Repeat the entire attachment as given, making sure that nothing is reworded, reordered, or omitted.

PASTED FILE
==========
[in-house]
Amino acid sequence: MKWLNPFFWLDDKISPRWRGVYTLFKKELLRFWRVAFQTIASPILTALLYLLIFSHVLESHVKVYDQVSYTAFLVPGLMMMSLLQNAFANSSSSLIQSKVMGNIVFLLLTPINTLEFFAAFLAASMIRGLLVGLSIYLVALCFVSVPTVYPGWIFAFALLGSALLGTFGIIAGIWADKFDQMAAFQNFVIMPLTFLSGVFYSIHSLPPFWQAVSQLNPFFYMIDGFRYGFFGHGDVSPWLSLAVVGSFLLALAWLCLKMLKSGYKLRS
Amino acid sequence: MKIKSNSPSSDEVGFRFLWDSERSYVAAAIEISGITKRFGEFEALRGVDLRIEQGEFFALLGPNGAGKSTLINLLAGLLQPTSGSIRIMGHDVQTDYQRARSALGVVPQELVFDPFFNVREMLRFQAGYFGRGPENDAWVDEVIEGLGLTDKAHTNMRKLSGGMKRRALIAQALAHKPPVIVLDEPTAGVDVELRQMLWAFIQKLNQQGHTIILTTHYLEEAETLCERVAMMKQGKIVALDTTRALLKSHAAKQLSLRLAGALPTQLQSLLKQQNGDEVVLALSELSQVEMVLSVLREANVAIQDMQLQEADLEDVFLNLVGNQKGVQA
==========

[in-house]
Amino acid sequence: MKWLNPFFWLDDKISPRWRGVYTLFKKELLRFWRVAFQTIASPILTALLYLLIFSHVLESHVKVYDQVSYTAFLVPGLMMMSLLQNAFANSSSSLIQSKVMGNIVFLLLTPINTLEFFAAFLAASMIRGLLVGLSIYLVALCFVSVPTVYPGWIFAFALLGSALLGTFGIIAGIWADKFDQMAAFQNFVIMPLTFLSGVFYSIHSLPPFWQAVSQLNPFFYMIDGFRYGFFGHGDVSPWLSLAVVGSFLLALAWLCLKMLKSGYKLRS
Amino acid sequence: MKIKSNSPSSDEVGFRFLWDSERSYVAAAIEISGITKRFGEFEALRGVDLRIEQGEFFALLGPNGAGKSTLINLLAGLLQPTSGSIRIMGHDVQTDYQRARSALGVVPQELVFDPFFNVREMLRFQAGYFGRGPENDAWVDEVIEGLGLTDKAHTNMRKLSGGMKRRALIAQALAHKPPVIVLDEPTAGVDVELRQMLWAFIQKLNQQGHTIILTTHYLEEAETLCERVAMMKQGKIVALDTTRALLKSHAAKQLSLRLAGALPTQLQSLLKQQNGDEVVLALSELSQVEMVLSVLREANVAIQDMQLQEADLEDVFLNLVGNQKGVQA